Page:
I would like to use a pre-built WYSIWYG editor such as TinyMCE or CKEditor in a website that I'm building.

Since I expect my users to be entering confidential information into the editor it is crucial that it is as secure as possible.

Are there any WYSIWYG editors that have a particularly good reputation for security?

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  • You know that such JS editors are only client-side? – deviantfan Jul 21 '16 at 0:21
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    Yes, of course. Then what kind of attack do you think of? If your server and/or other users can be attacked doesn't depend on the editor. (There are additional optional components like file managers etc. that need server-side stuff too, but I'm talking about the editor only here) – deviantfan Jul 21 '16 at 0:23
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    ...as another user says below too, there is no attack vector in the client-side part. (Sigh). A user doing stuff on his own computer, without communication with the server, is no server attack vector. – deviantfan Jul 21 '16 at 0:36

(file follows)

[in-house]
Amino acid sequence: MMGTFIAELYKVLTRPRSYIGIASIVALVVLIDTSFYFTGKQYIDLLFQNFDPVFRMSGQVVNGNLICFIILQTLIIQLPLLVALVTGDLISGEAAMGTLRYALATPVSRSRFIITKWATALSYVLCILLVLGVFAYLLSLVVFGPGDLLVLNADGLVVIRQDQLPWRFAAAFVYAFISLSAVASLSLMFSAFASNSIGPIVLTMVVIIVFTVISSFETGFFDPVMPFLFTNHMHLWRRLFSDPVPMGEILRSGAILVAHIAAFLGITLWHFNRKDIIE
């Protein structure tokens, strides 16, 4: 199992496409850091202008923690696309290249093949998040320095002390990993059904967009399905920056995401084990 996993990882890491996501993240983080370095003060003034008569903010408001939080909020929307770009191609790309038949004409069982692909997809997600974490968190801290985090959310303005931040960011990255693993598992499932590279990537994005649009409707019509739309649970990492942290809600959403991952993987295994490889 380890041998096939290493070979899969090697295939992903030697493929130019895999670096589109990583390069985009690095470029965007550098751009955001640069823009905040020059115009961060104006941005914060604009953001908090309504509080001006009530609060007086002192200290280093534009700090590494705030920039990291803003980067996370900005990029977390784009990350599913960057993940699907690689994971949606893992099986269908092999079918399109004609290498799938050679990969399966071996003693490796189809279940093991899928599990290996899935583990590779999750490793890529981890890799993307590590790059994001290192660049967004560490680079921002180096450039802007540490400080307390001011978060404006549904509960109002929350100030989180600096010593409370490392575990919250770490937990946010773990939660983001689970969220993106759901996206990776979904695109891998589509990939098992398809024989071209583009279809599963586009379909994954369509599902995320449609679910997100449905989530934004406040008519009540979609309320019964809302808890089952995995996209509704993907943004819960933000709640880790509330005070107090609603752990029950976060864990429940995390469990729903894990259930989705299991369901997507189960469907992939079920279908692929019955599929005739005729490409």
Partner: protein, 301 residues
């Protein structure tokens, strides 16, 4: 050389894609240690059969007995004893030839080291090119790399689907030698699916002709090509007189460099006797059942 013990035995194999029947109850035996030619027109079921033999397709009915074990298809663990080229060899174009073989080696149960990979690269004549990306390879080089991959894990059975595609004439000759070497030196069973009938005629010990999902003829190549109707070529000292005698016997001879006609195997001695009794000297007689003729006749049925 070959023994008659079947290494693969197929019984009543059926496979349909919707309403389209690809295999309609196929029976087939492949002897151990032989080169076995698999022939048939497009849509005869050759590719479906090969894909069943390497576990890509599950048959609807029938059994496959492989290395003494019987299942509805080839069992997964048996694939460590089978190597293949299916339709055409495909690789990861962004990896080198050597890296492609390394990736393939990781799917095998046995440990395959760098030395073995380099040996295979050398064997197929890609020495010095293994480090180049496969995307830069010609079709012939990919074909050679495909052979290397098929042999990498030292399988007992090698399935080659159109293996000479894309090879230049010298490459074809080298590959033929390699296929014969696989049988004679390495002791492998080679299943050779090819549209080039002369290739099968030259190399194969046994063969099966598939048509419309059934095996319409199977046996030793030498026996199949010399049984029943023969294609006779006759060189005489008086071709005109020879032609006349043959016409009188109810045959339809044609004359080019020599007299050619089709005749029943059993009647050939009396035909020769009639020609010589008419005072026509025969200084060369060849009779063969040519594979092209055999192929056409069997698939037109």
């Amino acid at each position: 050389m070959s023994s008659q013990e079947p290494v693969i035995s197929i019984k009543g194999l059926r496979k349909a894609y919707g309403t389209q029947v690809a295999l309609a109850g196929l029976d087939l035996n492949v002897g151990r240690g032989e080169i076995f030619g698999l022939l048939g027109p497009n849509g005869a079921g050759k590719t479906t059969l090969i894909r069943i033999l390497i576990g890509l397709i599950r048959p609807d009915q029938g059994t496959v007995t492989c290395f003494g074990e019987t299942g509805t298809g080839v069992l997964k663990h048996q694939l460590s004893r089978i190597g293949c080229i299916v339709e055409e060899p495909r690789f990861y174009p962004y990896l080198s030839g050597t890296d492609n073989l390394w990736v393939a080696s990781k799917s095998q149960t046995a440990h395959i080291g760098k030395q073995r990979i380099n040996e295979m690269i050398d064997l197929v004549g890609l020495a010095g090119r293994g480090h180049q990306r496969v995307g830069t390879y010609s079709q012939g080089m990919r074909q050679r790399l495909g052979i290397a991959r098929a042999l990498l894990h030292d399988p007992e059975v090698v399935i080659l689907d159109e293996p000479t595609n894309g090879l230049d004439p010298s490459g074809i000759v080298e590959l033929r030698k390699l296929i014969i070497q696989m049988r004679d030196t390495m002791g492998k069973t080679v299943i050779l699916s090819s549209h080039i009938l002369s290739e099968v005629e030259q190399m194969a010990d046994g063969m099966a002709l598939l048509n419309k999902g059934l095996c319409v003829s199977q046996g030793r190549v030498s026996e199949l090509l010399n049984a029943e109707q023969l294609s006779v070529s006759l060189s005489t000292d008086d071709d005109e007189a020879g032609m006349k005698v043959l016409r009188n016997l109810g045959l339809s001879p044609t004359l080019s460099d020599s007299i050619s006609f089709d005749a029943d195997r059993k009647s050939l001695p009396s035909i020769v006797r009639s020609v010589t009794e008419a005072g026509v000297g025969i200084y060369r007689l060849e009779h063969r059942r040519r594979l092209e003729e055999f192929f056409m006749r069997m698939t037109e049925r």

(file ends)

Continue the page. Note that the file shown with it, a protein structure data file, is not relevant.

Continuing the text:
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    @user5508297 Can I get some clarification? The easiest, most effective way is to not accept HTML input from the user, and output encode. But with such a client-side editor, are you expecting HTML input from the user? – h4ckNinja Jul 21 '16 at 1:31
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    they are all the same. – dandavis Jul 22 '16 at 16:40

The problem isn't the WYSIWYG editor. They are clientside code. The problem with such editors is when they are integrated with the serverside to post content or perform an image upload.

Much of the bad reputation comes from when they are included in a CMS plugin. Those integrate with the serverside code base and either aren't always coded securely or the exploit is found in code unrelated to the WYSIWYG editor. Since the attack to the serverside originates from the WYSIWYG editor it gets the blame even though the same attack could of been done from a text area or a POST request to the vulnerable script.

Keep in mind they might provide tutorials for integrating with a serverside language. But these are just examples and shouldn't be used as production ready scripts. Unfortunately people take these scripts and run with them. So again, the blame gets put on the WYSIWYG editor despite the fault needing to be placed on a lazy developer.

Both of the editors you mentioned are pretty well maintained and you can't go wrong with either. However if you aren't using a CMS plugin the secure coding is up to you.

Edit: With the mention of XSS attacks on the clientside the same applies. Your serverside is pushing that data to the WYSIWYG editor. It expects whatever you send it is what you wish for it to display. Sanitation of malicious code needs to be done on your side before it is fed clientside.

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